How much money has been invested in these countries in, say, the last 10 years?
Somewhere around half a trillion dollars from companies in the advanced industrial nations. [Investments in] Latin American countries alone accounted for $300 billion in the 1990s.
How do CEOs need to explain the effects of their investments?
They really have to move beyond corporate social responsibility reporting where they say, "We've invested in hospitals and schools," to providing real data about their impact. I've recently done a report along these lines for Unilever in South Africa. I used South Africa government statistics and corporate financial statistics to analyze, in very hard terms, the impact of Unilever's presence in terms of employment generation, use of local suppliers, tax payments, and the like. Very few companies have wanted to look at the facts in this way.
In broad terms, what is Unilever's (UL) impact?
Unilever has 4,000 direct employees, but its presence supports 100,000 jobs, directly and indirectly. It accounts for 1% of the government's tax revenue, directly or indirectly, and it has 3,000 suppliers, directly or indirectly. These are huge numbers.
But you found that as Unilver turns to suppliers that can meet the company's needs all around the world, it runs the risk of taking business away from its South African suppliers who just operate in that country?
Yes, that's why I believe the CEOs of multinational firms have to have a dialogue with governments about the competitiveness of the local supply chain. This is not corporate social responsibility. Those markets will only grow if they have strong local supply chains. The multinationals have a vested interest in assuring the competitiveness of those supply chains. So investments must be made in education, infrastructure, technology, and research and development.
Are governments like China's also beginning to look at the environmental impact of foreign investment?
Multinationals are expected to bring best practices in everything they do. If you're not bringing best practices, there's not much interest. In environmental policy, like these other sectors, you have to be able to show what you're doing with data.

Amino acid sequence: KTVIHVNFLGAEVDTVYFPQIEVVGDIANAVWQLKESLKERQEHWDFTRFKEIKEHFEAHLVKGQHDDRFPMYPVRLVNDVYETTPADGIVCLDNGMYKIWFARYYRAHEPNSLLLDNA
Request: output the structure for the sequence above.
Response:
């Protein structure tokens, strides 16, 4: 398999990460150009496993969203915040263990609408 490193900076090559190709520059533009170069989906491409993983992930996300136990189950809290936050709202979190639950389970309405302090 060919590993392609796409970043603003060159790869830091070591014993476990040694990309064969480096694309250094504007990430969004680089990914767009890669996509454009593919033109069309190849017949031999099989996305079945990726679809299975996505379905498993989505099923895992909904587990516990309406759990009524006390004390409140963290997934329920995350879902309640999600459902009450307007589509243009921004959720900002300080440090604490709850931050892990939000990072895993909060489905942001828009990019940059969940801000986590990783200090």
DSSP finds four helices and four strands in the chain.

If multinationals do all the things you're suggesting, in terms of supply chains and technology transfer, won't they be creating companies that can compete against them?
My mentor, Raymond Vernon, the great Harvard professor, argued to multinationals years ago, "You guys can stay on the cutting edge only by investing in research and development and by constantly coming up with new products." I think that's the lesson.
Competition is happening. It's happening very quickly. I think firms have to invest in their human capital, skill formation, and their supply chains in their home countries if they want to maintain their competitiveness.
How is your argument about explaining the benefits of multinational investment going over with CEOs?
I'm not sure it's even dawning on them yet. The problem is that most CEOs are so focused on the next quarter that it's very hard for them to think broadly. Most of them have not had much experience in the emerging world. I don't think they've thought about these issues in a very analytical way. We've got a long way to go.
Are the Organization for Economic Cooperation & Development, or the World Bank, or the International Monetary Fund thinking about these issues?
They're still focused on government policies, not on the private sector. And it is the private sector that's going to drive development.